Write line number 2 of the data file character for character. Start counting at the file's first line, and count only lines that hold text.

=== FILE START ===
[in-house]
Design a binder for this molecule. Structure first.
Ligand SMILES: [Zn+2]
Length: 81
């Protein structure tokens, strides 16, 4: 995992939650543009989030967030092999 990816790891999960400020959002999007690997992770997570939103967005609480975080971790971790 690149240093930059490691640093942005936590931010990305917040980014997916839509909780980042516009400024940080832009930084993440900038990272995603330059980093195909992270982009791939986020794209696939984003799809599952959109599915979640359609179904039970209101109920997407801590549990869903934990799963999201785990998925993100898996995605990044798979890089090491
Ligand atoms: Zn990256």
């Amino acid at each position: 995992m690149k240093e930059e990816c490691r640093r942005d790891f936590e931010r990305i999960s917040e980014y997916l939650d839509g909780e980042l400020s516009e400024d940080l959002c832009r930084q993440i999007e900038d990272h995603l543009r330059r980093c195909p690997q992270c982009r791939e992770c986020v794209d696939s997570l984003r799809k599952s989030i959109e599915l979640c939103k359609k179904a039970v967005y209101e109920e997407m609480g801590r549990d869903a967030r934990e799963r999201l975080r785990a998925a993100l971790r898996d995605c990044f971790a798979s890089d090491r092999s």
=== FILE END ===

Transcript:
Design a binder for this molecule. Structure first.